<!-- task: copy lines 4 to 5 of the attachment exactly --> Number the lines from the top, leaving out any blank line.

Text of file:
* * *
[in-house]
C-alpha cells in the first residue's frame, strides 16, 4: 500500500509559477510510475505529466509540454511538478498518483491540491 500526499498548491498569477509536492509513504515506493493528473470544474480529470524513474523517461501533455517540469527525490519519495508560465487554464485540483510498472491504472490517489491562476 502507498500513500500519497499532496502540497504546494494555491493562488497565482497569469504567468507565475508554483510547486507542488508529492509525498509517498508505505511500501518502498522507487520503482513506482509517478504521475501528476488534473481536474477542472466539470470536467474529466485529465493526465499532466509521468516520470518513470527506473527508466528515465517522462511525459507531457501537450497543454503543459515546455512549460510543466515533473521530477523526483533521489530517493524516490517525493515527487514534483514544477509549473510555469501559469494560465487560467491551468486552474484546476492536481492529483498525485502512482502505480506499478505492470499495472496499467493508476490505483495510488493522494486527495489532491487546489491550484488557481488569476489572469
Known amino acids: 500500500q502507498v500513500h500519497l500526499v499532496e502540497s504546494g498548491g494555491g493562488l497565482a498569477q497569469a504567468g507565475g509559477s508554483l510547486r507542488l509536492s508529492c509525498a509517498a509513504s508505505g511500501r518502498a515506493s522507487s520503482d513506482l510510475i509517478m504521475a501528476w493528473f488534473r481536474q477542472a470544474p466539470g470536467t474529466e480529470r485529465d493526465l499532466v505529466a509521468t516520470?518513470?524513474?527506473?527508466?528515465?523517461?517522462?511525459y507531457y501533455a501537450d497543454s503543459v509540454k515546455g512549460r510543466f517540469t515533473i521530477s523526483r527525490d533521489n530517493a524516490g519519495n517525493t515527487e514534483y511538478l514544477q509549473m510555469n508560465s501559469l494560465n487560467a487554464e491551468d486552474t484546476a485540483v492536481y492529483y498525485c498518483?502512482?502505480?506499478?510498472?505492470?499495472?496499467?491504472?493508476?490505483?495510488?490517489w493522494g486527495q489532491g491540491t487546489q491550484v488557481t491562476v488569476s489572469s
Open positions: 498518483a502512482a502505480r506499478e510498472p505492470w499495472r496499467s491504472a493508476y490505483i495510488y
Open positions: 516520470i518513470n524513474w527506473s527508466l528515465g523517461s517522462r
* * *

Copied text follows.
Open positions: 498518483a502512482a502505480r506499478e510498472p505492470w499495472r496499467s491504472a493508476y490505483i495510488y
Open positions: 516520470i518513470n524513474w527506473s527508466l528515465g523517461s517522462r